There's no shortage of evidence to support Wood's claims. In September 2006, the Institute of Medicine (IOM) released an assessment of the U.S. drug safety system. The report found, among other things, a public perception of crisis that has compromised the credibility of both the FDA and of the pharmaceutical industry. According to the report, the FDA and the industry "do not consistently demonstrate accountability and transparency to the public by communicating safety concerns in a timely and effective fashion." The report recommended that Congress "provide oversight and enact any needed legislation to ensure compliance of both FDA and drug sponsors."

Three months earlier, in recognition of the 100-year anniversary of the founding of the FDA, Henry Waxman's office in the House Committee on Government Reform issued a landmark report on the agency, titled "Prescription for Harm -- The Decline in FDA Enforcement Activity." It found that under the Bush administration, the number of warning letters issued by the FDA for violations of federal requirements had fallen to a 15-year low, and that the agency routinely overruled field inspectors and failed to bring law enforcement actions in cases involving death and serious injury.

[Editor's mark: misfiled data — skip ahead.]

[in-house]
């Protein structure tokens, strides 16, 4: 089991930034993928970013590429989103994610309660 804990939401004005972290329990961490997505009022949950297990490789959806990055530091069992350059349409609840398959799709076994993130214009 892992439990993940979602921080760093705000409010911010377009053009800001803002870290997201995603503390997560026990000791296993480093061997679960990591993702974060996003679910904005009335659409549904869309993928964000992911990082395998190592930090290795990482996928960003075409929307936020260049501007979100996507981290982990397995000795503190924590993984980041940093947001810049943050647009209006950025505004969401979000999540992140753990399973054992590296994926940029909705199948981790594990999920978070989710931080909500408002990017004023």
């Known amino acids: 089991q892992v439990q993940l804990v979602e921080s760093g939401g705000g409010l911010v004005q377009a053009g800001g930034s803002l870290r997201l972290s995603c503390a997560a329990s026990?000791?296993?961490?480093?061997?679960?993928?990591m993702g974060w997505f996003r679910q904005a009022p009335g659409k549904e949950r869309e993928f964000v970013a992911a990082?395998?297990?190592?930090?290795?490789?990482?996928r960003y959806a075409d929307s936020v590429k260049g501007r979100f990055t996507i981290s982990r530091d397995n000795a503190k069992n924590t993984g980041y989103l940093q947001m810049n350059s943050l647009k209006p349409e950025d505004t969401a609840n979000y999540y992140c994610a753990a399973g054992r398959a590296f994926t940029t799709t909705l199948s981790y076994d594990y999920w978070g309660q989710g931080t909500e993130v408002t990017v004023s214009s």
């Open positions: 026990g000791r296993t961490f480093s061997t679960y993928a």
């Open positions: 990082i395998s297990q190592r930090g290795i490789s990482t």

Since then, other lawmakers have jumped on board to speak out on the issue, including Senator Charles Grassley -- a longtime critic of the FDA -- Senator Christopher Dodd, and Representative Frank Pallone. Meanwhile, a bill introduced in the Senate on Aug 3, 2006 by Senators Enzi and now-Health Committee chairman Edward Kennedy seeks to strengthen the oversight powers of the FDA. Among other things, the Enhancing Drug Safety and Innovation Act would give the agency a stronger hand in post-approval oversight.

Meanwhile, however, on March 23 the FDA submitted its final proposal for PDUFA IV to Congress. Under a 5-year plan to continue the fees, drug-makers would pay the agency about $393 million in fiscal year 2008, or nearly 20 percent of the FDA's requested budget of $2.1 billion for the same period.

Where the chips will finally land regarding the future of PDUFA is still anyone's guess. With a Democratic Congress at the helm, it's likely the FDA will face some tough questioning in the coming months. Still, the pharmaceutical lobby has millions of dollars at its disposal. And in America you tend to get what you pay for.

Christopher Moraff is a Philadelphia-based writer and reporter who has written for In These Times and The American Prospect Online, among other publications.